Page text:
Samsung Galaxy F62 review: Ticking all the right boxes
Samsung has a new affordable contender for the best smartphone under ₹30,000. Let's find out if the Galaxy F62 is worth the price tag.
Product: Galaxy F62
Key specs: 6.7-inch Super AMOLED display, 64 MP primary sensor, 12 MP ultrawide sensor, 5 MP macro and 5 MP depth sensor, 6/8 GB RAM, 128GB storage, Exynos 9825 chipset, 7000 mAh battery with 25W charging.
Samsung has launched its latest addition to Galaxy F series, the spiritual successor to the Galaxy F41 launched last year. This year, Samsung has packed a flagship Exynos processor on the device and a larger battery as well, which means the price has also gone up - the Galaxy F62 starts at ₹23,999. But specifications only tell half the story and the overall experience of a device is what matters the most, so without further ado, here's our review of the Samsung Galaxy F62.
Design and display
Samsung likes making big phones, and the Galaxy F62 is no exception. The 6.7-inch screen sports a sharp 1080p Super AMOLED panel that has great viewing angles and is probably the best display you will see at this price point. The 60Hz refresh rate is lower than many other devices in this category, but those devices usually ship with an LCD screen.
At 218 grams, this phone is certainly bulky, but not as much as you would expect considering it has a massive 7000mAh battery inside, possibly due to Samsung's “Glasstic” polycarbonate back. The back of the phone looks flashy and feels exactly like a mirror - it also attracts fingerprints and smudges just like one.
The buttons on the side have a very meaty, clicky feel when you press them. The fingerprint sensor on the Galaxy F62 is located on the power button and it is much faster than the A51 and the A71 or any recent smartphone with an in-display optical scanner. Samsung doesn't include a case in the box with the F62, but you should probably buy one to protect the plastic back and camera bump.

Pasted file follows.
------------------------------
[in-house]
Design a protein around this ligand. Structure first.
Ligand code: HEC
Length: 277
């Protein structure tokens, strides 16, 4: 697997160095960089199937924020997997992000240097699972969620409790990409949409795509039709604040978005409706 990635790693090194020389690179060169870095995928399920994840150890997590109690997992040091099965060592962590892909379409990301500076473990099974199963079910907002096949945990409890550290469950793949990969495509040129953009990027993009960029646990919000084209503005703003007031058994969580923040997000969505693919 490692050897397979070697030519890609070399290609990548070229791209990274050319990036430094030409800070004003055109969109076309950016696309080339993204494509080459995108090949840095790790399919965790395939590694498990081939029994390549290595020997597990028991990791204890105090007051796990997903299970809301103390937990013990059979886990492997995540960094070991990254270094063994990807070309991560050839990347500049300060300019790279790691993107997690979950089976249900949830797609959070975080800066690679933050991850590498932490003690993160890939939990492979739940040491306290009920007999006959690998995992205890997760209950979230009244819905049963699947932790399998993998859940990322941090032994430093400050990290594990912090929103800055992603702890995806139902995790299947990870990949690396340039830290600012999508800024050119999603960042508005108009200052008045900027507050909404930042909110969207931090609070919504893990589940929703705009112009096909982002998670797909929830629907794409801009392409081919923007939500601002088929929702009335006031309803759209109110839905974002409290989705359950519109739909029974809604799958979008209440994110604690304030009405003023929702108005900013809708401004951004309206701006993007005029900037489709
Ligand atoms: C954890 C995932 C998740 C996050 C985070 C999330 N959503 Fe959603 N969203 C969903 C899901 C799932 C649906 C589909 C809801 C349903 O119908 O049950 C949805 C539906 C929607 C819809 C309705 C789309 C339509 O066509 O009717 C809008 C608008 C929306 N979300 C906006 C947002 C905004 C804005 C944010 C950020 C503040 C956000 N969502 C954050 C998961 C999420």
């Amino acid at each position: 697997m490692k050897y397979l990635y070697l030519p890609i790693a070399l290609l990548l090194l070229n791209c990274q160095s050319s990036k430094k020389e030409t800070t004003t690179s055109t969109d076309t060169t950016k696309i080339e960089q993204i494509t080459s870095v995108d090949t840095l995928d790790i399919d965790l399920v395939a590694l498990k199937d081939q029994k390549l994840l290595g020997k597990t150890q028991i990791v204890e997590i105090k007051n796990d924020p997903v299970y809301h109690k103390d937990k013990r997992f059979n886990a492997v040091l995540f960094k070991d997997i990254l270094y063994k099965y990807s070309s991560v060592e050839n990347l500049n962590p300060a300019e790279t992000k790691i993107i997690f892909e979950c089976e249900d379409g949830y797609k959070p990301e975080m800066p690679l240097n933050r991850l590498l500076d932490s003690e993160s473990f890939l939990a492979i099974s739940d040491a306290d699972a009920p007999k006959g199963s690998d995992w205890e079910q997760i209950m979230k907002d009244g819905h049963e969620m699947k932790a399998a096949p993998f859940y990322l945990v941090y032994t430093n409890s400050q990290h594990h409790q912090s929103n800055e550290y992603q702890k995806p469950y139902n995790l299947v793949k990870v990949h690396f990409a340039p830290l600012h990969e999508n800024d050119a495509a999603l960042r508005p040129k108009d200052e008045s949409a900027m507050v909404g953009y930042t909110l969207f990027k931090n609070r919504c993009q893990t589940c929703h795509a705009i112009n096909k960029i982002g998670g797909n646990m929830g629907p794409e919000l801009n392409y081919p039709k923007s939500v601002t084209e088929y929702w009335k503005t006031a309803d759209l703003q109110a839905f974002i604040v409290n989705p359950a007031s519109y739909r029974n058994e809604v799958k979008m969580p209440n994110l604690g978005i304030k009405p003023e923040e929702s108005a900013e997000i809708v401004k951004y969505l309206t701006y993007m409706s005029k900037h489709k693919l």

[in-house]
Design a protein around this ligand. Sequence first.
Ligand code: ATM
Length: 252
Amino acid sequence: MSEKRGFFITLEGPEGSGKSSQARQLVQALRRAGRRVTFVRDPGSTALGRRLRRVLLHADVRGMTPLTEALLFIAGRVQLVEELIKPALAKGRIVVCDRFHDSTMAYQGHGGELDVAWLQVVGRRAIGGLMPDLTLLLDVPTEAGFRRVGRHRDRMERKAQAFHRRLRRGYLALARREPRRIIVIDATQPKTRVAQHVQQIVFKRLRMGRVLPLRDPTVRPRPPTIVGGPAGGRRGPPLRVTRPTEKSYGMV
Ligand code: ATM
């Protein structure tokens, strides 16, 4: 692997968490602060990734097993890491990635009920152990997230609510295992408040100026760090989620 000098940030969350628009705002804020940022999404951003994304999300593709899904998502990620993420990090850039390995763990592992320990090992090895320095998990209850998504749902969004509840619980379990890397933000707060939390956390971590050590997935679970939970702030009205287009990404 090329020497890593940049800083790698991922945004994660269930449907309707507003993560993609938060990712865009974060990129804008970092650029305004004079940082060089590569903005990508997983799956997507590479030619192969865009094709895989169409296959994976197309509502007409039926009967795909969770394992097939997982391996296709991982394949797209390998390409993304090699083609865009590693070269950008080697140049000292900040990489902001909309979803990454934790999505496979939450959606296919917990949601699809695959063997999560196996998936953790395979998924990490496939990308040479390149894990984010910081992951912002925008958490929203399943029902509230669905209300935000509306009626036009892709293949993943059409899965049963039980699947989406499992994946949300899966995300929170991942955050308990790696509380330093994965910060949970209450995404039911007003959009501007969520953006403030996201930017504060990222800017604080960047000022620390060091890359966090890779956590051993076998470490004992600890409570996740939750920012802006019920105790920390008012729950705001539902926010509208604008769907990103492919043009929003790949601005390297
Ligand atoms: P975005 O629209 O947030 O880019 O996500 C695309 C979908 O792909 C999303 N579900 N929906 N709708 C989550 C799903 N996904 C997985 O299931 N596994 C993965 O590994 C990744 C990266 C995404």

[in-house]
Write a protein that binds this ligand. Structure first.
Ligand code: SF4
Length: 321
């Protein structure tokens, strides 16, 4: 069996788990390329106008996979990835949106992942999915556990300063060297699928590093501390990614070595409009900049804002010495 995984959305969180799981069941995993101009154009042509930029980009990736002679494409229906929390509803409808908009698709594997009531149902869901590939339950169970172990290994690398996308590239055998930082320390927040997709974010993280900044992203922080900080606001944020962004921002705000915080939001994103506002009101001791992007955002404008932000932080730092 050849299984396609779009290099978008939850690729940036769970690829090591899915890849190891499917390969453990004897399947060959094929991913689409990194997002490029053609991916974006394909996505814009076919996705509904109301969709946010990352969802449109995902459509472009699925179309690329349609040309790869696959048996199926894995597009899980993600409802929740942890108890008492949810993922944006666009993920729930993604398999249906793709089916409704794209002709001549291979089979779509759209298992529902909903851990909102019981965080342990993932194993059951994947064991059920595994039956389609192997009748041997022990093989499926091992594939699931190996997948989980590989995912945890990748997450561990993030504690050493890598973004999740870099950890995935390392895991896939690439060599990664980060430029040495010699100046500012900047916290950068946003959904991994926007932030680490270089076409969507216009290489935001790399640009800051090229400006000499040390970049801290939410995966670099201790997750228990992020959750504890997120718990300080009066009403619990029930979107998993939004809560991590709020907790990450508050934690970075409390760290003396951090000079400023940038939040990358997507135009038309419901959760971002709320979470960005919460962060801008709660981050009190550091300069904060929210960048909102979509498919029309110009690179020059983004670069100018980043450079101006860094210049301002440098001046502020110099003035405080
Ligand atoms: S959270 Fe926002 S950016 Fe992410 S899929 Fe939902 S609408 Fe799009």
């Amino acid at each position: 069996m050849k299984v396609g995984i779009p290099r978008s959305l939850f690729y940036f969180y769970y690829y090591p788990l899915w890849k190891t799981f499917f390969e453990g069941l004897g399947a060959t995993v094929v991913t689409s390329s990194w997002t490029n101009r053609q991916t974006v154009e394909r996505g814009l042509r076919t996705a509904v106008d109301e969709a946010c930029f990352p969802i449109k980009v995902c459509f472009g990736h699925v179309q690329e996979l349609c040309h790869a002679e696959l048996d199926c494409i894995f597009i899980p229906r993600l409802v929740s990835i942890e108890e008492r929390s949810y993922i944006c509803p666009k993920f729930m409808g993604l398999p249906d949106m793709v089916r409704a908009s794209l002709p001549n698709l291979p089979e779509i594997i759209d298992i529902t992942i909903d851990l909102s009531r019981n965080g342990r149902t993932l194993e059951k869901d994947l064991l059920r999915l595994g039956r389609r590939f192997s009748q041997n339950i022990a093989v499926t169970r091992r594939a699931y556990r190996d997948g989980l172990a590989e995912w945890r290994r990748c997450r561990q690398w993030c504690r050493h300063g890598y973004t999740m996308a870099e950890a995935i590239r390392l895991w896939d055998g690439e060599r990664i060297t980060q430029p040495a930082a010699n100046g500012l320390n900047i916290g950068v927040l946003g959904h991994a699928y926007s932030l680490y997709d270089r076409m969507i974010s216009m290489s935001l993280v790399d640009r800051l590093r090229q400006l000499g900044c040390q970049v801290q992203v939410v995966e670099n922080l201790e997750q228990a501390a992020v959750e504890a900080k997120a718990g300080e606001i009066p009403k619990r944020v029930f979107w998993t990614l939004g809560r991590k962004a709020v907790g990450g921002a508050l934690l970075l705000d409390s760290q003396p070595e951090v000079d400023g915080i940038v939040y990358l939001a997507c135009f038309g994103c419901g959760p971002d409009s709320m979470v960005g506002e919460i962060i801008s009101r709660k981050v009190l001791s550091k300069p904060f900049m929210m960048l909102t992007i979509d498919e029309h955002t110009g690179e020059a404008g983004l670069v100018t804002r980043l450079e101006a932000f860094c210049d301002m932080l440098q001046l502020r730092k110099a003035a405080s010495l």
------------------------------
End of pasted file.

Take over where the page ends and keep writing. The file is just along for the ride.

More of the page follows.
With a 64 MP primary shooter, a 12 MP ultrawide sensor, and two 5 MP macro and depth sensors, Samsung has used the same quad-camera setup from the Galaxy M51 and Galaxy A71. But because this device sports the Exynos 9825, the speed of taking photos is much faster than both the M51 and the Galaxy A71, that sport a Snapdragon 730G and 730 respectively.
The Samsung Galaxy F62 takes good photos during the day, with the 64 MP main camera capturing good detail and the dynamic range is great. But this is also true for the Galaxy M51 and A71, which also takes similar images. In terms of image quality, the Galaxy F62 produces images that are slightly saturated and on the warmer side. You're still getting 16MP binned images, but the images are sharp and crisp. The ultrawide camera is also quite capable and your images won't look too different compared to the main camera in terms of colour and dynamic range.
The macro camera on this device is a bit of a hit and miss because when it does work it takes some very crisp shots of the subject. But more often than not, you'll be tapping the screen quite a few times just to get the macro camera to focus and the whole experience could just be better overall, in our opinion. You also get Bixby Vision and AR Emoji, which are missing on its other budget offerings.
Using the Galaxy F62's camera will feel very familiar if you're coming from another Galaxy device running One UI, but new users will find the interface quite easy to use and packed with features. Samsung's camera does tend to return some punchy, vivid images compared to competing devices like the OnePlus Nord, but these are still some of the best images you can take, with the possible exception of the Mi 10i that was recently launched.